Well, well, well. I listened to him go on and on about how powerful his uncle was and how he would tell his dad to come beat me up after school in his “street smart” voice. I finally said, “JZ, you have made a mistake outside but it was an easy problem to solve. Now you are just creating another big problem for yourself. So, you think that your dad is very strong, eh? You want him to beat me up after school? Huh? Well, why wait till after school? Why not now? Let’s solve this problem once and for all. You can go call him right now. Hey, in fact, I’ve got my phone right here. Call him. Call! You tell him to come over right now! I would like to see him as soon as possible!” While I was making the statements, I took my cell phone out of my pocket and pushed it towards JZ. I signaled him to make the phone call immediately.
You would not believe the look on this 8 year old boy’s face when I pulled my cell phone out of my pocket. He was so shocked to see how I reacted to his threat. I guess he did not expect me to stick my phone into his face. In fact, he did not know what to do and how to react to that. After a long pause, I said to him, “Boy, now you have two options and you think carefully to make a good decision. You can call your dad right now to come over to beat me up. I would be very happy to see him. Or, you can walk quietly into the classroom and we will deal with the issue later. It’s your call now.”
JZ walked quietly into the classroom with his head down. After the long discussion with the class and a few apologies to his friends, JZ was back to his usual self 45 minutes later. Somehow, he forgot about everything that had happened an hour ago. Children forget this type of conflicts quite easily and quickly.
Of course, I had a chat with his mom, his grandma, aunt and his father later on that day. We had a big laugh and got a kick out of it. It was priceless to see the speechless look on JZ’s face. I really adore that boy. He later went to a special school for more individual support. JZ will always have a special spot in my heart, the boy who claimed his father was strong enough to beat me up.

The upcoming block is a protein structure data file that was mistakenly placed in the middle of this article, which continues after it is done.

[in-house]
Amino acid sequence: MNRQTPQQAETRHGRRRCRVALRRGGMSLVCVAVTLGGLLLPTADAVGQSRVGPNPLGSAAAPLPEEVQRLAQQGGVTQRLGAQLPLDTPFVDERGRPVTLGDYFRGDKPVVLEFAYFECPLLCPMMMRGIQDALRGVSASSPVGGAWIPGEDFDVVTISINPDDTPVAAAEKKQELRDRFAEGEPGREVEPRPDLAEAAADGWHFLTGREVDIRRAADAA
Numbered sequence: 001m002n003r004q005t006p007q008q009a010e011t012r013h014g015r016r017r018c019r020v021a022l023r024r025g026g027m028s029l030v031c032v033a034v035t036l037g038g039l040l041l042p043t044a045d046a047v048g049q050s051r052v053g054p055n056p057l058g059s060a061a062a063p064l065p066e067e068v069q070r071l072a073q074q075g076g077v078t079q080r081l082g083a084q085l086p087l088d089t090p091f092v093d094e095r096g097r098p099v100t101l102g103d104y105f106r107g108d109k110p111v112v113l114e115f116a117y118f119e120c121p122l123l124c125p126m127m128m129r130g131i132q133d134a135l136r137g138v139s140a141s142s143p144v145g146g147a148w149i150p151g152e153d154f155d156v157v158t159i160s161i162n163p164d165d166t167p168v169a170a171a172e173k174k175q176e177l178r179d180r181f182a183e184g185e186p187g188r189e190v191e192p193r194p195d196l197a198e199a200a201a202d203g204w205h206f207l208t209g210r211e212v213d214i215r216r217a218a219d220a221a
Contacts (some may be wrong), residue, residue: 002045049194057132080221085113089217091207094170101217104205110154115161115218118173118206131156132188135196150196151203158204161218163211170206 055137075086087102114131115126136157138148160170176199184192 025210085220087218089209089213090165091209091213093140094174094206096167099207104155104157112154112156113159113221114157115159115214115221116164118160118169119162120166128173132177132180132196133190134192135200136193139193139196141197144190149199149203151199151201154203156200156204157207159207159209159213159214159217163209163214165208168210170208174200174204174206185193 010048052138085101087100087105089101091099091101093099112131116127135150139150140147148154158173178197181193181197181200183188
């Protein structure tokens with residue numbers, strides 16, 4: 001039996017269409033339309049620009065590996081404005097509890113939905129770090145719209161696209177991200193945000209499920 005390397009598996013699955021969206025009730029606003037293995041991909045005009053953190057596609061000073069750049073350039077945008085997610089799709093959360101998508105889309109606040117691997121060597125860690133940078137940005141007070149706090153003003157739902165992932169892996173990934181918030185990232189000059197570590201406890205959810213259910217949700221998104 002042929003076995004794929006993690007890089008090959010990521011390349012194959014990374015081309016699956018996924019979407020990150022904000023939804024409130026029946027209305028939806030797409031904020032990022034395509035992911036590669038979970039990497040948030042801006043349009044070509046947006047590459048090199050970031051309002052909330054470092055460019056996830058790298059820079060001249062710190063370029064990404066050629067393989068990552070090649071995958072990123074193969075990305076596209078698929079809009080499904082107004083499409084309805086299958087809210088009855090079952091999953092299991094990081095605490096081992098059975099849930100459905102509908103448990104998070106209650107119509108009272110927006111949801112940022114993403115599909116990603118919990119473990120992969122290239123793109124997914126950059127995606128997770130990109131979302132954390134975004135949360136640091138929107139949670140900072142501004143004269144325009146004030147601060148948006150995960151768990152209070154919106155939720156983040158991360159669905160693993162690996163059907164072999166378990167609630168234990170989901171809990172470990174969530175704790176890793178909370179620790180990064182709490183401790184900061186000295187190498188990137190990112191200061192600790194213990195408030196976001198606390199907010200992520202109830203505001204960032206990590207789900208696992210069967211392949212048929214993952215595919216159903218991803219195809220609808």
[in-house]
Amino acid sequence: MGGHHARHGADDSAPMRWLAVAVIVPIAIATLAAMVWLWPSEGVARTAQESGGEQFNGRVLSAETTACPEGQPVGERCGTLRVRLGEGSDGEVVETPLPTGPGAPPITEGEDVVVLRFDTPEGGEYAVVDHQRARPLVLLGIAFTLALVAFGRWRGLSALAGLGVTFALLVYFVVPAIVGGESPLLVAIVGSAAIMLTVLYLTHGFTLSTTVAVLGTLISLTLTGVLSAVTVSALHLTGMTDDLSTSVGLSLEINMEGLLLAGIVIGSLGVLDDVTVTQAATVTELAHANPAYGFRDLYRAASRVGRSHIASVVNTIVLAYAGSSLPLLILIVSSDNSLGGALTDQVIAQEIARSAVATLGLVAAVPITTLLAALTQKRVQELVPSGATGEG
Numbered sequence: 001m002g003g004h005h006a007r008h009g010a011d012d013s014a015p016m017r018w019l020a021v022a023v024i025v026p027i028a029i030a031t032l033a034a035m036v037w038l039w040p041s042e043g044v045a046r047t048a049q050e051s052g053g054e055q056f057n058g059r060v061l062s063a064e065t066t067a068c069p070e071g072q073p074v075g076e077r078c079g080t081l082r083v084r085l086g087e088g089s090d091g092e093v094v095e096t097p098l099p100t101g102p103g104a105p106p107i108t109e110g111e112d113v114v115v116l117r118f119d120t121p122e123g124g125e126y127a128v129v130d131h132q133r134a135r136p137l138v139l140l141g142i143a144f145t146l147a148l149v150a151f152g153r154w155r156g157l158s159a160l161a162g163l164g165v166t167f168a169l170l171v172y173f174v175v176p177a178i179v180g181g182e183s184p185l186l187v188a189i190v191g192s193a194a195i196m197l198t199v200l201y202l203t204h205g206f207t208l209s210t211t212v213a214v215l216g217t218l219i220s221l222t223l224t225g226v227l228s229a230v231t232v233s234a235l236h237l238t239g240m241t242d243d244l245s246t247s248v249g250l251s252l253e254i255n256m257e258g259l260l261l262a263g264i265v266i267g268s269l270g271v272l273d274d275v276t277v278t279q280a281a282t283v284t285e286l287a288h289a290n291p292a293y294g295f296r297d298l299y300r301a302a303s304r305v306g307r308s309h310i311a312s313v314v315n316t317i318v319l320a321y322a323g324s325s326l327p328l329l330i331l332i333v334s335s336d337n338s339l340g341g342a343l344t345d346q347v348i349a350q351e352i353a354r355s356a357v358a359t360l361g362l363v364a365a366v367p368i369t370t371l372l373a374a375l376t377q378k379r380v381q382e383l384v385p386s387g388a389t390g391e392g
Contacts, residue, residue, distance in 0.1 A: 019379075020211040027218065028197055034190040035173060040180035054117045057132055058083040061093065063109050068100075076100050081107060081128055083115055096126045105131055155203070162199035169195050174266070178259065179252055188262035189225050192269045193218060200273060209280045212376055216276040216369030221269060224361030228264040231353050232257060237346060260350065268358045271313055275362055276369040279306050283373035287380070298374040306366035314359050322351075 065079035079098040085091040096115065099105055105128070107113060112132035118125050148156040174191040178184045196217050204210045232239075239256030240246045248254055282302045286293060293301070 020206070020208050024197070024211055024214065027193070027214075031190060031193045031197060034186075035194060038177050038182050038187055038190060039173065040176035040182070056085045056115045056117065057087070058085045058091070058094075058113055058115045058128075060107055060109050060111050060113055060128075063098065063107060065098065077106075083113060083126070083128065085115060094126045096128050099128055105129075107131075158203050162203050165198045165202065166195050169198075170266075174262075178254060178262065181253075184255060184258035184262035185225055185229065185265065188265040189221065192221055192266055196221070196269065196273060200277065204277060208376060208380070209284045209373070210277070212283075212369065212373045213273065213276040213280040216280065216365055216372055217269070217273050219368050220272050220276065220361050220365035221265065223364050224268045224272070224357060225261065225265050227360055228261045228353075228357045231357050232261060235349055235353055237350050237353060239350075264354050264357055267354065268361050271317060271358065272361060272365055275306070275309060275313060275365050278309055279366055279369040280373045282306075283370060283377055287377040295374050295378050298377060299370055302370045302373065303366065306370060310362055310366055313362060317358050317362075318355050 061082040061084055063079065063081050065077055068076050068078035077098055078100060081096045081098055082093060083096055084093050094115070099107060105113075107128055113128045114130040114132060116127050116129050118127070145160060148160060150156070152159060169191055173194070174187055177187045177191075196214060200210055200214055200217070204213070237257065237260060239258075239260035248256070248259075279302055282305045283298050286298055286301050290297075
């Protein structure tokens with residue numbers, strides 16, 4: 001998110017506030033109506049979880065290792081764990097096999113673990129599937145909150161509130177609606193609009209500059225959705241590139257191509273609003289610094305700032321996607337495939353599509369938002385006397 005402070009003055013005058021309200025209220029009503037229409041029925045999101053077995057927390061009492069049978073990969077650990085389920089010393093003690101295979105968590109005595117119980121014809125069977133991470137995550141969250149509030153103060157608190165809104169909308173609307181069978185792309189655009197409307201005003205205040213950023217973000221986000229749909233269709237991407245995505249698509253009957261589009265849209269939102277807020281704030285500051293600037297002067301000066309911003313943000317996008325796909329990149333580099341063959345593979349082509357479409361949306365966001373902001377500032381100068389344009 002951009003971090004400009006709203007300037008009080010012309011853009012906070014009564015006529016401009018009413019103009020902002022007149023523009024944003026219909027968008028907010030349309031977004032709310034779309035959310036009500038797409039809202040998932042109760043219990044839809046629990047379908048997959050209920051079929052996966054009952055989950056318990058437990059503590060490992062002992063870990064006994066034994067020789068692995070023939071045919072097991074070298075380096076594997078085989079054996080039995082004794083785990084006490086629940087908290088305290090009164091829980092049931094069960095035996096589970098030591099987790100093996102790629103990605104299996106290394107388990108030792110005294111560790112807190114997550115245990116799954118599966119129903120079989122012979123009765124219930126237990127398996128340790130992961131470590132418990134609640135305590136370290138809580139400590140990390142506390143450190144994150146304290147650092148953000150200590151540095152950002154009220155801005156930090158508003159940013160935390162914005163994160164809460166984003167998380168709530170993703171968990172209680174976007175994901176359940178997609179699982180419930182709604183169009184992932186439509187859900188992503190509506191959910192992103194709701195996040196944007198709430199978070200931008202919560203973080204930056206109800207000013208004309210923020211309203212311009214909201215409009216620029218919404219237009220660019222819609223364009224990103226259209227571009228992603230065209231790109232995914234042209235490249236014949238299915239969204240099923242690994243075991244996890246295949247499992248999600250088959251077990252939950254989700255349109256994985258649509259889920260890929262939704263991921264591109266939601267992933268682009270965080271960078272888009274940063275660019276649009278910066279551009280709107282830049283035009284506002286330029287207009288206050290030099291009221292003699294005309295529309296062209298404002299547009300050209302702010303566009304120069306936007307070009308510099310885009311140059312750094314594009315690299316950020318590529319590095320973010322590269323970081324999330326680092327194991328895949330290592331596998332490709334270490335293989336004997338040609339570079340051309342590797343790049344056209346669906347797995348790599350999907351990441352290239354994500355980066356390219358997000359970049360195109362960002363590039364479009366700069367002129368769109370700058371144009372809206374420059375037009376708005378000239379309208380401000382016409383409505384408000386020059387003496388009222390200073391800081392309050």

Post Note: I don’t usually carry my cell phone in my pocket at school. I just happened to have it that day. It was pure coincidence. JZ’s parents were separated. His dad was kind of embarrassed later on when he heard what JZ had said to me.

My Corner for Education

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  • uma
  • It isn't good for cildren when they parents separatd.It is very conflict for them heart.
  • It was definitely not great for him to get caught in the middle. However, JZ was the lucky one who was living with the other family members. He got all the support he needed.

    Julia1492 於 2008/04/22 11:16 回覆

  • Maggie
  • 喜歡來這裡看妳寫的文章
  • I bet he has way more interesting stories than mine because of his work environment.

    Julia1492 於 2008/04/23 08:50 回覆

  • 迪西(Dicei)
  • You said the boy's parents were seperated.However,who lived with the boy now,father or mother?
    In fact, I thought the boy was so childlike that what he's thinking about you could easy to understand.

    I just read your stories first time. They're so interesting.

    Nice to meet you.:)
  • Dicei,
    Welcome to my blog. When the boy was in my class, he was living with his mother at his maternal grandparents' home. That's why I got to talk to his grandma and aunt all the time when they picked him up. His parents were not divorced yet. They were only separated and trying to work things out. I don't know about their family situation now, but I do know that he would be surrounded by many family memebers to support him all the time.
    No matter how mature an eight-year old tries to act, a child is still a child, which is very easy to figure out their psyche.
    I just wish they watch less TV and stop copying what they have seen on TV.

    Julia1492 於 2008/04/28 19:18 回覆